Posts Tagged ‘Earth Summit’

Rio+20 fizzles into insignificance

June 20, 2012

Two decades of waste in the name of alarmist “environmentalism” are coming to an end.

The BBC’s Richard Black reports that a text has been agreed at the jamboree in Rio to be “approved” by country leaders later this week. The text appears to be watered down and to be largely meaningless in terms of binding commitments by any country for moving towards the politically correct view of “a more sustainable future”.

But actually the lack of commitments is itself of great significance. History will show that the Rio meeting of 2012 was the symbolic end of the era of profligate “eco-fascism”.

BBC:

Negotiators have agreed a text to be approved by world leaders meeting this week in Rio in a summit intended to put society on a more sustainable path. 

Environment groups and charities working on poverty issues believe the agreement is far too weak.

The Rio+20 gathering comes 20 years after the Earth Summit, also held in the Brazilian city.

The text has yet to be signed off by heads of government and ministers, but it seems that no changes will be made.

“We have reached the best possible equilibrium at this point; I think we have a very good outcome,” said Brazilian Foreign Minister Antonio Patriota.

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COP 10 Nagoya ends with a weak agreement

October 29, 2010

The much touted COP10 conference in Nagoya Japan ended today with an agreement to continue to have such conferences.  It is a relatively weak agreement and in practical terms the conference agreed to  targets of protecting 17% of the world’s land surface – up from the current 13% , and 10% of the oceans (as already existing) by 2020.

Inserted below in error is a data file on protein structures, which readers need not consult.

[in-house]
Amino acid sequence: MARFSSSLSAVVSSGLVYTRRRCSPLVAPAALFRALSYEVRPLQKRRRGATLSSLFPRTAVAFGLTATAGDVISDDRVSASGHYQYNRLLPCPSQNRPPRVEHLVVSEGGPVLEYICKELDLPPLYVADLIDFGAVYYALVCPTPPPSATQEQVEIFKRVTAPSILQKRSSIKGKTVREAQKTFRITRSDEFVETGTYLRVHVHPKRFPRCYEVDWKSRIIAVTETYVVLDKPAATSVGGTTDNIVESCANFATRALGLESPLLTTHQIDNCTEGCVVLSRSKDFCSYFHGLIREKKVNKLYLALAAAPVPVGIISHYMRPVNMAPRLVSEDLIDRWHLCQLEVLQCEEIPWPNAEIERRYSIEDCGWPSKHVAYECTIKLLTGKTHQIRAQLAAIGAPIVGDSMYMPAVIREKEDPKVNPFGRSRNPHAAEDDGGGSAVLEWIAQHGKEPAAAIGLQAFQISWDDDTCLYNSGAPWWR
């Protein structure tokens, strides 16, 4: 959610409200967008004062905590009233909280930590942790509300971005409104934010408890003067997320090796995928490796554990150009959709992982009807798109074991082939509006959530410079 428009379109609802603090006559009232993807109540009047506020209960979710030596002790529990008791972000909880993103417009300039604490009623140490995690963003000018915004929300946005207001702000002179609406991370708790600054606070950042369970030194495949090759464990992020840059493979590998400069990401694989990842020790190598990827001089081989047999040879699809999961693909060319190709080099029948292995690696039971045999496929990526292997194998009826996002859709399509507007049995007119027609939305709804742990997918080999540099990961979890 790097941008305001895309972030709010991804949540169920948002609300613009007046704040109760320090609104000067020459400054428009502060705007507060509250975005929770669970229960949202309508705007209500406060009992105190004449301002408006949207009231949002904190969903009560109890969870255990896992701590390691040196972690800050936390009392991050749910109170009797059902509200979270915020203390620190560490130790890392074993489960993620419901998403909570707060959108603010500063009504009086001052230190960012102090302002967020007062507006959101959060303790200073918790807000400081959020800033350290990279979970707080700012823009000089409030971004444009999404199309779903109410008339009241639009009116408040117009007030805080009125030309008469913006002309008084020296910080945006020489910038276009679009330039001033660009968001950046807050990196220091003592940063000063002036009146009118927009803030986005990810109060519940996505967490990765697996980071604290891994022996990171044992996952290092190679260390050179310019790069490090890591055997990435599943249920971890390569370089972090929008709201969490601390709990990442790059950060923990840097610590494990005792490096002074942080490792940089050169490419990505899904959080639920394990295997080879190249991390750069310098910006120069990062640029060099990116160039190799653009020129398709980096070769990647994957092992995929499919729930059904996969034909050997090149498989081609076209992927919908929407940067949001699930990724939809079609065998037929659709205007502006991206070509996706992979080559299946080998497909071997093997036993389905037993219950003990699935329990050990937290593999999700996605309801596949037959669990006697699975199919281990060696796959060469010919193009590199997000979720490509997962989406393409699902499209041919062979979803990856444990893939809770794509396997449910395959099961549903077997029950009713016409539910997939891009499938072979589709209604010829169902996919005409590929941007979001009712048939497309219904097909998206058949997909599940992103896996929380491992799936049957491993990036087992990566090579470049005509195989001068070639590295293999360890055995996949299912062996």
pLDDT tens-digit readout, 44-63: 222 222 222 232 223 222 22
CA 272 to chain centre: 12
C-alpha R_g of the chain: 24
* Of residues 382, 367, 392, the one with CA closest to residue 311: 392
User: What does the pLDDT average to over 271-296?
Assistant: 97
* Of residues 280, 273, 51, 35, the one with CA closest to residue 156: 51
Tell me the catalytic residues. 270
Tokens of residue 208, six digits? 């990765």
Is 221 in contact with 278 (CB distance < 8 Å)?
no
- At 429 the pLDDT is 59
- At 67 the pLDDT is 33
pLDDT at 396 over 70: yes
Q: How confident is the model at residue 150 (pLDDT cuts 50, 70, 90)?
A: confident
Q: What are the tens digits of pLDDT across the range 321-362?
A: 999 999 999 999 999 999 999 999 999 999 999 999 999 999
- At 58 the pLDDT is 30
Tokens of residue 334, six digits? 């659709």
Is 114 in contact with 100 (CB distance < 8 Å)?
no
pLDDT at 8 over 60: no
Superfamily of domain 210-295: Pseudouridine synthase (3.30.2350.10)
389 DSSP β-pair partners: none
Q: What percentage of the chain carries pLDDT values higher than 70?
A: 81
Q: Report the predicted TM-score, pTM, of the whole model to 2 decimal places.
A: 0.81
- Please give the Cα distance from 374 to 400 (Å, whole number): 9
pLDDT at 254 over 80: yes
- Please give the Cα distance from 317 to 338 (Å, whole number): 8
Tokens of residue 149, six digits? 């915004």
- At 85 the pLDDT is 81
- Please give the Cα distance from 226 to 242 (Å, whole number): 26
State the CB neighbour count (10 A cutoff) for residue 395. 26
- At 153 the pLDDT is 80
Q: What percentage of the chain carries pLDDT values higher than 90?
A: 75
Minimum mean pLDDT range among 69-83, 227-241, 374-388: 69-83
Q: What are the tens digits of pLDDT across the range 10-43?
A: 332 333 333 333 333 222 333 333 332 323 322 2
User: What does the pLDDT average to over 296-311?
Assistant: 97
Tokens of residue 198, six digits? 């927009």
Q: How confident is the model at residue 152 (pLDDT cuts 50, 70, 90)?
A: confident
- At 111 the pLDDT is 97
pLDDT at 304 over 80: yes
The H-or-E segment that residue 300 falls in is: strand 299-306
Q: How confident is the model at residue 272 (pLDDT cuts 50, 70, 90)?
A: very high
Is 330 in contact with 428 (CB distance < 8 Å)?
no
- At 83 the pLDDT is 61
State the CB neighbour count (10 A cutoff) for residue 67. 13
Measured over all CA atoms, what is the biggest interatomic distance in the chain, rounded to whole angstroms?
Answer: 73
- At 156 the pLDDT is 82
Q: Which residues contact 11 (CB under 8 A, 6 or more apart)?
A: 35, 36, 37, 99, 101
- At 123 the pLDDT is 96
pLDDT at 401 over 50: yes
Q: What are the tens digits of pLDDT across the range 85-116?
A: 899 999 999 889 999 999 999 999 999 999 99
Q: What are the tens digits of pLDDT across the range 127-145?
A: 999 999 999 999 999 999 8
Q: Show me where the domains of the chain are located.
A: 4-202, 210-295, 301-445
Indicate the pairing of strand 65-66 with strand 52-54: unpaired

The BBC reports:

Many poorer countries say they do not have the resources to implement such targets. Developed nations agreed to establish mechanisms for raising finance to help them – which could amount to hundreds of billions of dollars per year by 2020.

They are required to have a plan to raise such sums in place by 2012, when Brazil will host the second Earth Summit in Rio de Janeiro.

The trickiest issue – the agreement on sharing profits from the development of products drawing on genetic resources in developing countries, known as Access and Benefit-Sharing (ABS) – was resolved after developed nations, led by the EU, made some crucial concessions.

In particular, they agreed that the measures should cover anything made from this genetic material, technically known as “derivatives”. They had previouslty argued for a much narrower scope.

Japan looks set to emerge with credit, having steered the tough negotiations through its final hours.

“What the Japanese government really wants to do here is to get agreement so they can be proud of the Nagoya CBD,” said Wakao Hanaoka, oceans campaigner with Greenpeace Japan.

“What is really needed, since the Japanese government has just started its role of chairing the CBC intil 2012, is to keep doing what they have promised to international society.”

 

 


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